More in the Wildsnow department of tortuous excogitation: We often see the invocation of “scientific wildlife studies” to prove what is appropriate in human’s use of the land, such as trails. From what I’ve seen over the years, placing faith in “studies” however scientific can be suspect when they involve life forms, human or otherwise. The recent news coverage about how billions of dollars in human diet studies yield almost no useful results is the case in point. New York Times article is quite amusing. Read it, weep, immediately quaff a whole milk latte, scarf bacon for breakfast, and nibble quinoa for dinner. It’s all perfect, on paper somewhere in a file cabinet.
If you’ve spent much time in the Alps you know that alpine club membership is a key ingredient in everything from getting the best prices at huts, to having the correct rescue insurance for ski touring accidents. As a result, membership numbers are exploding. Check this report about the Swiss club. If you’re planning a mountain recreation trip to western Europe remember to join a club, our favorite is the Austrian’s just because they invented modern skiing — as far as we’re concerned, anyhow. Tip, to get the easiest English language version of the Austrian club, use their UK website.
Many of you voracious consumers of internet ski content have probably noticed that ski touring went mainstream a few years ago, evidenced by everyone from the New York Times to Outside Magazine ramping up their coverage. The cynical take on this is that all of us web publishers are mercenary and go where the interest is just so we can sell advertising. While somewhat true, that’s not necessarily dark (it brings the content). And each business is different.
Niche sites like ours stick to our mission not matter what our traffic or ad sales inspire. The Dawson family publishing web-pire has been blessed by supportive sponsors, but our primary goal is to share something we love, not sit here looking at spreadsheets. Other publishers have more a mix of passion and needing to keep a bottom line in the black. Ink-paper magazines, for example, clearly have to create cash flow for multiple employees and those printing presses. Along those lines, we’ve noticed a recent uptick in Powder Magazine re-publishing their older pre-internet content as look-backs — with associated Google listings as “news” articles. If anyone should be doing that, it’s them. We pity the intern (or Indian content factory worker) that’s tasked with keyboarding all the old stuff… but overall, hats off to Powder for honoring our sport by sharing the history as a “45th Anniversary Celebration.” Indeed, Powder has been more than 40 years faithful to human powered skiing while most other ski magazines shoved out amazing quantities of borish verbiage, mostly pertaining to the resort du jour, spiced with tips about mogul skiing. Example here.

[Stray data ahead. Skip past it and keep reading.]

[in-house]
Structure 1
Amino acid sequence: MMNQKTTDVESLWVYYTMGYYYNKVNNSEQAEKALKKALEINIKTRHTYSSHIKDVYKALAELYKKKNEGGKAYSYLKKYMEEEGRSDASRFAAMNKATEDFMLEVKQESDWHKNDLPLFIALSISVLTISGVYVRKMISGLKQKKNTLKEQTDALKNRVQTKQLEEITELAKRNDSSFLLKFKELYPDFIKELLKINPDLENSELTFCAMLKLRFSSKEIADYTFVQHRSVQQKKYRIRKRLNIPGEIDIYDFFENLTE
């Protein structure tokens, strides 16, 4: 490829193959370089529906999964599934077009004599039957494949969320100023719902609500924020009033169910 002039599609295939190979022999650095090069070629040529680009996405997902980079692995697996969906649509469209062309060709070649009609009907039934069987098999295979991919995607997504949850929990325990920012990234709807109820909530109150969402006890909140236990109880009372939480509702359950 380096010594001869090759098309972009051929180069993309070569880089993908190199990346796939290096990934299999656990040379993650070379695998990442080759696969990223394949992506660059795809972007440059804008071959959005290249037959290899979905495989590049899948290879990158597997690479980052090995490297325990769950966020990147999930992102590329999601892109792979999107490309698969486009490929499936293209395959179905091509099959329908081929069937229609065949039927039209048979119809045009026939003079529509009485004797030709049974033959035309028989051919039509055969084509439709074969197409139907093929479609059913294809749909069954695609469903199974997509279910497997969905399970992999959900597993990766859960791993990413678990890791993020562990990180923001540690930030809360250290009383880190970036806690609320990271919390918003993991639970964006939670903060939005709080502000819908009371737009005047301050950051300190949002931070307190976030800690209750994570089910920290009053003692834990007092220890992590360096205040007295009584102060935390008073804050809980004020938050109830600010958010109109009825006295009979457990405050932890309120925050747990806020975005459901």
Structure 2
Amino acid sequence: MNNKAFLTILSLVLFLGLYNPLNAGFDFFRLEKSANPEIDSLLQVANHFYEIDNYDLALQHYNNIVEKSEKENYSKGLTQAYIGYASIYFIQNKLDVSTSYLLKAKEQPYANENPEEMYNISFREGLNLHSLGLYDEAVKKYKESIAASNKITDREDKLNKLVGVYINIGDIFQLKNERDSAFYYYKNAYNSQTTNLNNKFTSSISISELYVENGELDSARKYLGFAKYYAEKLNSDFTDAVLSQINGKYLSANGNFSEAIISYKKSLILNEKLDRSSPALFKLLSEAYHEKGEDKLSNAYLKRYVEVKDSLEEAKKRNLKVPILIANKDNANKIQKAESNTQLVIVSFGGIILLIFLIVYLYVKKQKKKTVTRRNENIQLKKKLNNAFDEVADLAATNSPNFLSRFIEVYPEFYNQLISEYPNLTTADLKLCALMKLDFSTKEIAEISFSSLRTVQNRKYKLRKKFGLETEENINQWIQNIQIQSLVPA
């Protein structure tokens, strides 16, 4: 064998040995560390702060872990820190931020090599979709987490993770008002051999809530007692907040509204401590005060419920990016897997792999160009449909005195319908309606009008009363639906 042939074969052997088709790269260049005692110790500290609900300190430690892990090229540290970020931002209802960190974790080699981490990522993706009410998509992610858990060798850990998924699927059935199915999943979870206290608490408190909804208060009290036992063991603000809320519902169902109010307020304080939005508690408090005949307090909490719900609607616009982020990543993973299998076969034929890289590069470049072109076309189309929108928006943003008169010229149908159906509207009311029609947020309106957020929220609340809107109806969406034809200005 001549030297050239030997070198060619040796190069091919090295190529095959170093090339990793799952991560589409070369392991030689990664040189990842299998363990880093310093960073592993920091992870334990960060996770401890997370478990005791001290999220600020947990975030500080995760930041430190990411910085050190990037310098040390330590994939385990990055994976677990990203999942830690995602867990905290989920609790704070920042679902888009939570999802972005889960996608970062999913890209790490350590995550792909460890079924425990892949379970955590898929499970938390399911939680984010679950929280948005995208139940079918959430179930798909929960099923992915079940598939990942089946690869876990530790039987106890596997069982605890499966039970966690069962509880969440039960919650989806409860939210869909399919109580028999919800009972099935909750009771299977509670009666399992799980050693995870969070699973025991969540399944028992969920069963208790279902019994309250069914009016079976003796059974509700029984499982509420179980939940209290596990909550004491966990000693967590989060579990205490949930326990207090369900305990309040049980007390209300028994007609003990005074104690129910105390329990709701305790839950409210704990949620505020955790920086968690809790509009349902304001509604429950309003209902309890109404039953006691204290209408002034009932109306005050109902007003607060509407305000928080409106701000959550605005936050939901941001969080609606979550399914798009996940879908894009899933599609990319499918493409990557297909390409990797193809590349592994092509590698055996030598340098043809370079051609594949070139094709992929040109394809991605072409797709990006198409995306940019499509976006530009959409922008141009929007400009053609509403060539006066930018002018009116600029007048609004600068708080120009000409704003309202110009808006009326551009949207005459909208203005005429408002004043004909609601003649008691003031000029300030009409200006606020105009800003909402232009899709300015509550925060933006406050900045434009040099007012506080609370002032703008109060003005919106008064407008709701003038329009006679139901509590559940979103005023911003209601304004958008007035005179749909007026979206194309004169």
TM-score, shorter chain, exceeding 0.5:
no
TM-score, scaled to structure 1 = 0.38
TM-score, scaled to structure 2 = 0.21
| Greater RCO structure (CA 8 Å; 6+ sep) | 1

And not to be left out, the first writing I ever got paid for in print was published in Powder Mag. My version is here, a bit embarrassing, somewhat amusing, and thoroughly humbling for me even many decades later.
There is a bit of a push happening media-wise regarding pioneer climber and ski mountaineer Fred Beckey. This AP article is pretty good, but the story of Fred could take volumes. Or a movie. To that end, check out this Kickstarter for a documentary film about Fred. Worth supporting. As for the AP article, it says Fred is obsessed with climbing. The man does probably have more first ascents than anyone in history (though some prolific climbers who focus on shorter crag routes might beat Beckey in shear number of lines). The article also talks Beckey’s “black book” of possible conquests — both climbs…and women. I keep hearing that the famous book is apocryphal, but I climbed with Beckey and my memory is that not only was he as obsessed with women as he was with climbing, but that he definitely had lists of both. As the saying goes, “you got any phone numbers, baby?”
(Fred Beckey is not currently known as a ski mountaineer, and indeed his career is mostly about climbing. But he did quite a bit of skiing in his younger years and has a few mentions in my publishing about ski touring.)
And lastly, what would you say if you saw me riding around Franz Joseph International on this? Save your legs for the hills, have time for a beer, but not burn calories like the usual airport hikes? Jury is out? Below is for another Kickstarter (that website provides more amusement than a powder day in Hokkaido, as a figure of speech, anyhow…).